Hunts and Cambs 01223 233047
Peterborough 01733 553166

Hunts and Cambs 01223 233047
Peterborough 01733 553166

Workplace Wellbeing makes commercial sense!

It's official - workplace wellbeing makes commercial sense!

A recent study by the World Economic Forum, resulting in their Global Agenda on Mental Health 2014-2016, concludes that a mental health issue is not a lack of morality or of weakness, and outlines how organisations benefit both financially and in terms of economic engagement and motivation when practical steps are taken to support staff through difficulties and proactive measures are implemented to improve staff mental health awareness.

For many years, employers have acknowledged the benefits of promoting good physical health to their workforce, but increasingly, mental health is starting to appear on the agenda.  It's easy to see the effect on work colleagues when someone comes into the office in a bad mood, but it's perhaps less obvious when a colleague is experiencing a slow and gradual decline into a state of depression.

However, the effects are real - not only on the individual concerned, but also on their colleagues; in terms of feelings of impotence (not knowing how to help), of guilt (not being able to help), of anger (if their workload increases because of someone else's lack of productivity or their absence) and in terms of general distraction.  To address these issues, not only benefits not only benefits the affected individual and their line manager, but also all of their colleagues, and potentially, the profitability of the business.

For the small investment of only £50 per counselling session, an employer could avoid weeks of paid absence.

For a one-off fee of £450, a group of staff could learn about the most common mental health problems, how to identify if they are a colleague might be suffering from one of them, and most importantly, action they can take to reduce the effects of and manage such conditions or how to help a colleague in distress.

To find out how CCC can help your business, contact This email address is being protected from spambots. You need JavaScript enabled to view it.

 

Read the full report at:  http://b.3cdn.net/joinmq/7eb7e59295b1ecd263_rgm6iy3yj.pdf

Panic Attacks - how to cope

What is a panic attack?

When a person is overcome with fear or anxiety and is suddenly unable to function as they usually do, this is called a panic attack. 

There are a number of psychological and physical symptoms, which may affect breathing and make you feel as though your life is in danger or that you are unable to cope.  However, do not despair, as a number of treatments and coping mechanisms are available.

Why do they occur?

 A panic attack may be a regular event for some people who have specific triggers, such as extreme stress, enforced change or social phobias.  People who are generally anxious are more susceptible to panic attacks and a propensity to anxiety can often run in families, but others who have never had psychological challenges may also experience a panic attack.  Major life events, such as bereavement, divorce, redundancy, marriage, and debt can trigger panic attacks in otherwise mentally healthy individuals.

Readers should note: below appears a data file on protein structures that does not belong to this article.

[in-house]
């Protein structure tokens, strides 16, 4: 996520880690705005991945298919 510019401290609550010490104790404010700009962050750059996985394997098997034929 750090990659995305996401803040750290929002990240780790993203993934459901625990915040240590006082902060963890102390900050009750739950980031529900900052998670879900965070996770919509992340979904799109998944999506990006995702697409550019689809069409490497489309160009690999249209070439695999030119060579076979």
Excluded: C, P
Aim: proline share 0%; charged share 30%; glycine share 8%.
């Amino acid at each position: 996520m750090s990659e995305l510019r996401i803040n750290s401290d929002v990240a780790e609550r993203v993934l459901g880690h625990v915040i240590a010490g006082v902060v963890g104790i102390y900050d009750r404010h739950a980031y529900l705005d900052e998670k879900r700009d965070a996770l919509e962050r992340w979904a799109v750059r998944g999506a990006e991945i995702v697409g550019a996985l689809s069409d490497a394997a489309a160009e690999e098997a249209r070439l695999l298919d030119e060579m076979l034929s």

What are the signs and symptoms?

  • Panic and a feeling of loss of control
  • Shortness of breath or tightness in the chest
  • Heart palpitations or racing pulse
  • Pain or discomfort in the chest or left arm
  • Trembling and shaking
  • Sweating and/or shivering
  • A feeling of choking
  • Nausea or dizziness
  • Fainting
  • Numbness or tingling
  • Insomnia or abrupt awakening from sleep in a distressed state
  • Feeling detatched from everything going on around you, perhaps as though you are looking down on yourself from outside of your body

Some of these symptoms can be so severe that the person believes they may be having a heart attack.  If you do not suffer from panic attacks on a regular basis and are able to recognise your personal symptoms, it is important to ensure that a medical professional examines you in cases of chest pain or shortness of breath to rule out the possibility of a more severe medical problem.

 

What can I do to treat a panic attack?

  • Although in severe cases, medication can help, it is much more beneficial when combined with relaxation techniques, counselling and lifestyle changes.  Medication can also have side effects which may increase anxiety levels in some cases.

 

  • Identify your triggers and confront your fears - once you know what they are, you may choose to avoid your triggers (such as using alternative means of travel is your fear is of flying) but if this seriously impacts on your life, then other approaches will need to be considered.  Counselling could help you to identify your triggers.

 

  • Accept that a certain level of stress or apprehension is normal  and a healthy response to dangerous situations.  Learn about your trigger.  Establish the facts about the level of risk.  Try to rationalise whether the danger is real or imaginary.  Sometimes gaining more knowledge about something reduces the fear of it.  Exposure therapy may be useful, but in a controlled environment with a trained professional.